Document Type


Degree Name

Doctor of Philosophy (PhD)


Social Work


Lyle S. Hallman Faculty of Social Work

First Advisor

Cheryl Regehr

Advisor Role

Thesis Supervisor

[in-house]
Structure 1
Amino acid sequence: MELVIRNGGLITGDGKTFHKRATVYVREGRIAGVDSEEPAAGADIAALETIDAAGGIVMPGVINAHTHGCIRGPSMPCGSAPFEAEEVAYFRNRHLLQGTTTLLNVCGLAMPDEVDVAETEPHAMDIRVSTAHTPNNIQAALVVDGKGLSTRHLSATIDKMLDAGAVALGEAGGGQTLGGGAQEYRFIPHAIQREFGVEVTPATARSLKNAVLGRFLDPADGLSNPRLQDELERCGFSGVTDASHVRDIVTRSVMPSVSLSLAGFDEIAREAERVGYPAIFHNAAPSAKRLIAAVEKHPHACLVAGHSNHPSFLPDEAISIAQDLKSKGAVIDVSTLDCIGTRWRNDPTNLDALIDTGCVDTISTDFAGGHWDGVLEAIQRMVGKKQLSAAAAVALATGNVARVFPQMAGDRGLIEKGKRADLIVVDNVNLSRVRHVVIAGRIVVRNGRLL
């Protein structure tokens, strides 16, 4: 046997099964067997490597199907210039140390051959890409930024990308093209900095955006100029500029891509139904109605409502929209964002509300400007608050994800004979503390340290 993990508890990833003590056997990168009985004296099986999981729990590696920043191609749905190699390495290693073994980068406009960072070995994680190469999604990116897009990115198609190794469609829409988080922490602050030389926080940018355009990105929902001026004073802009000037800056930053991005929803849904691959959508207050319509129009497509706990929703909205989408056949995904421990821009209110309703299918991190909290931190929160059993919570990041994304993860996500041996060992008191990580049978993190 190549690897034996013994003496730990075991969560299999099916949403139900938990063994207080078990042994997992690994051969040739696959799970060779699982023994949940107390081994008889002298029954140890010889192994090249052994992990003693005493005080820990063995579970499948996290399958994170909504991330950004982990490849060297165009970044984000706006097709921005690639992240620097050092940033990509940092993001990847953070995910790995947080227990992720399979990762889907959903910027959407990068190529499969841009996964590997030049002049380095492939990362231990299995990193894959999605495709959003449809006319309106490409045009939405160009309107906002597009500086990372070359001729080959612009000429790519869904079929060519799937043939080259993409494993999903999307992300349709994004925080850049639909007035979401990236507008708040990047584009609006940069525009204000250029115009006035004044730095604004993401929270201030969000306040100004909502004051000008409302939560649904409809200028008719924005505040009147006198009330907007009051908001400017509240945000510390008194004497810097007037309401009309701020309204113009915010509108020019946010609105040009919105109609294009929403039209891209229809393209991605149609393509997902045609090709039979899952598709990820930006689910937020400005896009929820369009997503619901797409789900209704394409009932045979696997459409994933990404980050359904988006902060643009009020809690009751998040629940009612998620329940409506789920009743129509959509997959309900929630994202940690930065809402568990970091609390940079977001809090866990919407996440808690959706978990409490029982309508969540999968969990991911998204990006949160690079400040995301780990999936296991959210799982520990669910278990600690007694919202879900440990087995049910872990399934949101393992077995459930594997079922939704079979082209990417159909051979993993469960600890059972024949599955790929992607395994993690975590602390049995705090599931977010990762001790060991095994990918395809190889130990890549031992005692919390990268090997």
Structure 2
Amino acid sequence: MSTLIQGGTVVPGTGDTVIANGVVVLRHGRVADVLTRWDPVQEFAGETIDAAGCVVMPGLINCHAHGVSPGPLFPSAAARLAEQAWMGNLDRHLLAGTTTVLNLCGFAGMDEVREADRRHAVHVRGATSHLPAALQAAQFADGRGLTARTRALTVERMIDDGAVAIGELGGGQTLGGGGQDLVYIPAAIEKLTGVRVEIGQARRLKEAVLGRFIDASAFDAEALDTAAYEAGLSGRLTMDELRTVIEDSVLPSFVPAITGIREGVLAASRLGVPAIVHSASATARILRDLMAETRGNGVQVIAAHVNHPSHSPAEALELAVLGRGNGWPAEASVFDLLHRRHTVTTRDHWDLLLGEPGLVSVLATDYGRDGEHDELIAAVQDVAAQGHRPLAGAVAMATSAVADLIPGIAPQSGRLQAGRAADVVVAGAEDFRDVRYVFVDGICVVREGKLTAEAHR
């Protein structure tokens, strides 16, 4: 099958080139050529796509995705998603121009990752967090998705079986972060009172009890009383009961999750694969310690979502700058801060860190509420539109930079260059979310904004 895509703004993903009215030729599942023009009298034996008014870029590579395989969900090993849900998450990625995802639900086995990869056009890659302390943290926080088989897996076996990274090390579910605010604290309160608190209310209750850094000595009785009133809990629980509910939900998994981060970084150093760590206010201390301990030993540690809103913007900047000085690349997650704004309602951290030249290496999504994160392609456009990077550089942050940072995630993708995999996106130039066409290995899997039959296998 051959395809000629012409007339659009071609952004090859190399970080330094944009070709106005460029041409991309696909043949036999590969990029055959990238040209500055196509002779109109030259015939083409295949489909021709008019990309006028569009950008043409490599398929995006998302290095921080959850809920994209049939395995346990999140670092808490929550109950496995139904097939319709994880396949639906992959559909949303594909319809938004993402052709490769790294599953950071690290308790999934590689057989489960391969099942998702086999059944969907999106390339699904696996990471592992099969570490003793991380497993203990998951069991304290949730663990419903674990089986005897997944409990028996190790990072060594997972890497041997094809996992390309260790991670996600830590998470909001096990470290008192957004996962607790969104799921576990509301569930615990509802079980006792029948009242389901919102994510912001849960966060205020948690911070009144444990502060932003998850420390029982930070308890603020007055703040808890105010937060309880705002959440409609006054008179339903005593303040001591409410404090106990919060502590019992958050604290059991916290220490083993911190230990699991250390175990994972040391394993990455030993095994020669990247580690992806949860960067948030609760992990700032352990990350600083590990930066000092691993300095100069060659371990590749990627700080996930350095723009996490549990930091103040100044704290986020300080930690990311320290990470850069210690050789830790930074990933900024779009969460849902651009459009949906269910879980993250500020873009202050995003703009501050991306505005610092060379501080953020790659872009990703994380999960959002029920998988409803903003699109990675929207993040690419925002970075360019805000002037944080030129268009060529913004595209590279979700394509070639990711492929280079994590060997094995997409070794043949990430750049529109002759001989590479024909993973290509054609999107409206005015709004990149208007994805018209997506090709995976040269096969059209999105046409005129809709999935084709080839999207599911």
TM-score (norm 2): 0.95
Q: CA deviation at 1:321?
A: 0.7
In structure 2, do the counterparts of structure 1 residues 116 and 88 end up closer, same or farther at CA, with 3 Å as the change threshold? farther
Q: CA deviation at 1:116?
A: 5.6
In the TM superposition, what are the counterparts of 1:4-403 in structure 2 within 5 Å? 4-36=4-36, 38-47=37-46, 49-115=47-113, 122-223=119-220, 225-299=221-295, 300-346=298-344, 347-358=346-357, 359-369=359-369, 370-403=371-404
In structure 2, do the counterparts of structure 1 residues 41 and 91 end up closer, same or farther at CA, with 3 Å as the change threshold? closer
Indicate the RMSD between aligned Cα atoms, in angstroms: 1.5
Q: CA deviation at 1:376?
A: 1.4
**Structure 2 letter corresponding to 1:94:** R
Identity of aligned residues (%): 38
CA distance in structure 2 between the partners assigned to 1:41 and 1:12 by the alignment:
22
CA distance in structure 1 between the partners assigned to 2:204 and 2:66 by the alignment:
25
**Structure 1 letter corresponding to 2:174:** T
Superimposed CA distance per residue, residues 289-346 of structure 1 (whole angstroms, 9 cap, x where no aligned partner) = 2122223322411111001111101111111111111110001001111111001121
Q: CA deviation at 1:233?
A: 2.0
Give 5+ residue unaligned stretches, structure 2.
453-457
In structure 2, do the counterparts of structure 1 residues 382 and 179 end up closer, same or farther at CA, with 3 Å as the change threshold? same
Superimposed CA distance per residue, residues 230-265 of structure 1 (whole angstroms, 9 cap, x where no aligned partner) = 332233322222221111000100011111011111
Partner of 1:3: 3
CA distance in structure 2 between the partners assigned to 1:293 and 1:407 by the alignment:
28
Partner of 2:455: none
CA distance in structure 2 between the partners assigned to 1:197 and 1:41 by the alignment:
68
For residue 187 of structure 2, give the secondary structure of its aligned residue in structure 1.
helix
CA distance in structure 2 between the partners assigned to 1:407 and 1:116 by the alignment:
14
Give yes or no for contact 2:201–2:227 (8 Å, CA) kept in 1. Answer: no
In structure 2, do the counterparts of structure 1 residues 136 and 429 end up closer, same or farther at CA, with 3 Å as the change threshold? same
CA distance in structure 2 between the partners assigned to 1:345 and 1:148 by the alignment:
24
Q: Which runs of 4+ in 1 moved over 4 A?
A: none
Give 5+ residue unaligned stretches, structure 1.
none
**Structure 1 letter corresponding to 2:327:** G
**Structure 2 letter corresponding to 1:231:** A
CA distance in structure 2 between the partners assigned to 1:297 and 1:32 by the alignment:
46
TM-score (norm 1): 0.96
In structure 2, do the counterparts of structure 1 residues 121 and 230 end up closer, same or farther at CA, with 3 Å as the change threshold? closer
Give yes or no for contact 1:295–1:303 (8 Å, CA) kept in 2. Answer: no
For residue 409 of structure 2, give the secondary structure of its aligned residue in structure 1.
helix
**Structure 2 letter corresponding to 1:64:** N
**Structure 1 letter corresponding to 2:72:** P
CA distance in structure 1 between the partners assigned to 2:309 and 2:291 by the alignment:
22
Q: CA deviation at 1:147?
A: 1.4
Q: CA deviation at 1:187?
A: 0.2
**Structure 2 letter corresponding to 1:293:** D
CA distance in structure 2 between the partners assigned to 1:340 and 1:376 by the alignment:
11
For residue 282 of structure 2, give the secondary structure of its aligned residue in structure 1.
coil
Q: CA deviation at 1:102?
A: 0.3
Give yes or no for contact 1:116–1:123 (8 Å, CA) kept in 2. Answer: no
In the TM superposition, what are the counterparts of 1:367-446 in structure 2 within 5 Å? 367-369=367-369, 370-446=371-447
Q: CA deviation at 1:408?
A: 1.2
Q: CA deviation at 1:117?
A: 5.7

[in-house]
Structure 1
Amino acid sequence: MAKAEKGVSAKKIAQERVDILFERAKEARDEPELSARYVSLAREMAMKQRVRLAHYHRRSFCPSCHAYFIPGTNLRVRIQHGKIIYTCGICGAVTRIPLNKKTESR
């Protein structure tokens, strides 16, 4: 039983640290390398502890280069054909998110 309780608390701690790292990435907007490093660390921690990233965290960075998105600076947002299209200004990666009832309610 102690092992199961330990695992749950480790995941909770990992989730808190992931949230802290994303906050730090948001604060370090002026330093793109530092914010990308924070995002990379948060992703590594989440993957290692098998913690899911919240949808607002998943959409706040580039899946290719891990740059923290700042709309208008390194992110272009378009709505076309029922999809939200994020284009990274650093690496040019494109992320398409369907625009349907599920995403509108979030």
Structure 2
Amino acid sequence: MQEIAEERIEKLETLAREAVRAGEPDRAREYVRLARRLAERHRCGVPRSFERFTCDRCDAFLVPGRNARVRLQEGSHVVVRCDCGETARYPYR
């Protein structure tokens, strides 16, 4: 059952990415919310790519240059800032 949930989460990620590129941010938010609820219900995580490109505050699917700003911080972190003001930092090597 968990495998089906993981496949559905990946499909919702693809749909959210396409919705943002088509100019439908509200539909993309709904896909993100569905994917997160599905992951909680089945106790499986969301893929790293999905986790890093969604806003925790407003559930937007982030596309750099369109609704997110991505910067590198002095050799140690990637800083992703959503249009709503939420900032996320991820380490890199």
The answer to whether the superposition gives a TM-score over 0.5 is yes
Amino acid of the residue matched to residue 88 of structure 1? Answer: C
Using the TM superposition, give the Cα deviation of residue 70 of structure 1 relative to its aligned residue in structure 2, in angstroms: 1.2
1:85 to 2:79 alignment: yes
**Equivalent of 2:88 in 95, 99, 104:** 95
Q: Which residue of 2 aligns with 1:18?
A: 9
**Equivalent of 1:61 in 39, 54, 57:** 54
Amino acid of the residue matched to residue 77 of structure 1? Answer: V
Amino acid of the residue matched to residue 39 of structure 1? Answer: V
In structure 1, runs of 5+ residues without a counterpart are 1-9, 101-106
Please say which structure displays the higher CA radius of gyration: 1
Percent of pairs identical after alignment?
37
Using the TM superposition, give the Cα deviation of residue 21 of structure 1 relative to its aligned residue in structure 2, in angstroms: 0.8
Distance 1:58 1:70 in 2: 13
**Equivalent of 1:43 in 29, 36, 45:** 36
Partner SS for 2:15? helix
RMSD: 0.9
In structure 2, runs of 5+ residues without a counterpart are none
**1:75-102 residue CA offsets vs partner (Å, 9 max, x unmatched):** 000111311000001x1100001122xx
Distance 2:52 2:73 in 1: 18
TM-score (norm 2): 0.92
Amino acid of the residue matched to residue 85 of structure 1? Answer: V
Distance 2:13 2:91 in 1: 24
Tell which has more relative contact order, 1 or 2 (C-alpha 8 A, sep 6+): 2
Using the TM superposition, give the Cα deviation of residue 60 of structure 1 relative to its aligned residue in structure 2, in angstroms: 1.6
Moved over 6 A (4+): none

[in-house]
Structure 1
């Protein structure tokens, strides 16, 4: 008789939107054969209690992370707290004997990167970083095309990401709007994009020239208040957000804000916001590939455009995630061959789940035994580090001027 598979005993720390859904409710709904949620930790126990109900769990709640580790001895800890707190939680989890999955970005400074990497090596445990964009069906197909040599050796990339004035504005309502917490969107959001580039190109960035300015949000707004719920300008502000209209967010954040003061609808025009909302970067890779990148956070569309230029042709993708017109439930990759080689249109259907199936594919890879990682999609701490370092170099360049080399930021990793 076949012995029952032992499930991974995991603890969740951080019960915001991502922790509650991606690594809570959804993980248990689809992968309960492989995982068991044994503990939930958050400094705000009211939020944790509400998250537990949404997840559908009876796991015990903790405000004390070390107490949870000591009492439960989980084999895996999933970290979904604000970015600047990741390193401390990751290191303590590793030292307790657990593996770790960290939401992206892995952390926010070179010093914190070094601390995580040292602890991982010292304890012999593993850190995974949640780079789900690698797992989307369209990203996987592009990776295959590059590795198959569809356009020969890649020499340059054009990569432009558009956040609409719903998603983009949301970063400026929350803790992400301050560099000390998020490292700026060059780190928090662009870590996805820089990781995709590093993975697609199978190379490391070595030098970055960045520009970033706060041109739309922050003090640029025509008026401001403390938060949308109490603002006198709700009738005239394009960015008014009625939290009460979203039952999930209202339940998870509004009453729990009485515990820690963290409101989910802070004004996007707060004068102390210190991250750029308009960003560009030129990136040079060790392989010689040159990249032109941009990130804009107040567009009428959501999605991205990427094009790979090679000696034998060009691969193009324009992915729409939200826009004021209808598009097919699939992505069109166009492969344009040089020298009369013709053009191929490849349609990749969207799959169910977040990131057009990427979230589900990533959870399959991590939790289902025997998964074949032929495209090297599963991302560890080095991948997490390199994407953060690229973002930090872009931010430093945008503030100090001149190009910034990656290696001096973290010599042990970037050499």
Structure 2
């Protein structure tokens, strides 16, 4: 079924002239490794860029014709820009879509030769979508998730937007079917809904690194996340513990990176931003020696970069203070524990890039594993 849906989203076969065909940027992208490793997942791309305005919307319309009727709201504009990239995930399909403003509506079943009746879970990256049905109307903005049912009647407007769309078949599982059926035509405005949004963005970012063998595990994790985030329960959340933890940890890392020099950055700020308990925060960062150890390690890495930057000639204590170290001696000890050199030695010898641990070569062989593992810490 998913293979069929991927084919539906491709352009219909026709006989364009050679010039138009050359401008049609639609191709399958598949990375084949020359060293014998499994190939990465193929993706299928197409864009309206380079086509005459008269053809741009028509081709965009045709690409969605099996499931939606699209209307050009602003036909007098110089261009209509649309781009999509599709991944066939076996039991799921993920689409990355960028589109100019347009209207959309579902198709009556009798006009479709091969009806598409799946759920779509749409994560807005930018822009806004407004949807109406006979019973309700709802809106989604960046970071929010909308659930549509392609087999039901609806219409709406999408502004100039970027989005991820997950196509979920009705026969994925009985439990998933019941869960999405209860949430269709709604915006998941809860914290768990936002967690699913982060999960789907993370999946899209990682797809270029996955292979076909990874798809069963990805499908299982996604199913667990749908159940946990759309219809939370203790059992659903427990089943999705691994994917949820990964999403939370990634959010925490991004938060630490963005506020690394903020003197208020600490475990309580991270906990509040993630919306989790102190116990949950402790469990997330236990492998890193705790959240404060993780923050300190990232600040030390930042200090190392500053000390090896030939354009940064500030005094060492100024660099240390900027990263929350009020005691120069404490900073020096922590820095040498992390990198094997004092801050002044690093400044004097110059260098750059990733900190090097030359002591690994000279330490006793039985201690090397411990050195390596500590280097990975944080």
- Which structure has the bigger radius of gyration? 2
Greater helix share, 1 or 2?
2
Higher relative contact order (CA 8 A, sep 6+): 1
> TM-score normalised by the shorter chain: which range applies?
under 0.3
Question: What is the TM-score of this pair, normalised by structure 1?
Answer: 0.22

This research was designed to explore the growth of people who have cared for or about someone who has died of Acquired Immune Deficiency Syndrome (AIDS)-related illnesses or complications related to Human Immunodeficiency Virus (HIV) disease. It consists of a cross-sectional study of 176 bereaved caregivers of people with HIV disease, some of whom themselves are HIV-positive. Measures were selected to assess demographics, creativity, spirituality/religiosity, social support, depression, traumatic symptomatology and posttraumatic growth. A research model is tested which examines the relationship of psychosocial resources and stressors to the post-traumatic growth of the bereaved participants. In addition, seven caregivers participated in unstructured interviews in order to provide descriptive data with which to supplement the quantitative results. The results demonstrate that individuals scoring highest on measures of spirituality, reported the greatest positive changes after trauma. Support for the role of spirituality was found in all the statistical tests as well as in the structural equation model. The interview data further substantiated the importance of spirituality in the process of growth. The structural equation model and the interview data also demonstrated confirmation of the hypothesis that the carers with higher reported levels social support would demonstrate higher post-traumatic growth. The results further demonstrated that those individuals with higher levels of post-traumatic stress symptoms reported the most growth after the death of the care recipient; this result was the opposite of the hypothesized relationship. This study provides a portrait of bereaved HIV carers in Canada and the realities associated with that situation_ The findings confirm the literature that suggests that, in contrast to carers of people with other diseases, HIV caregivers are younger, more often male, not necessarily a family member and are often HIV-positive themselves. This portrait and the relationship of spirituality, social support and trauma to growth have implications for social workers in all practice areas. The importance of spirituality mirrors an emerging area of interest in social work. The knowledge of factors that can play a role in post-traumatic growth can contribute to the work of social workers and others at any level of intervention.

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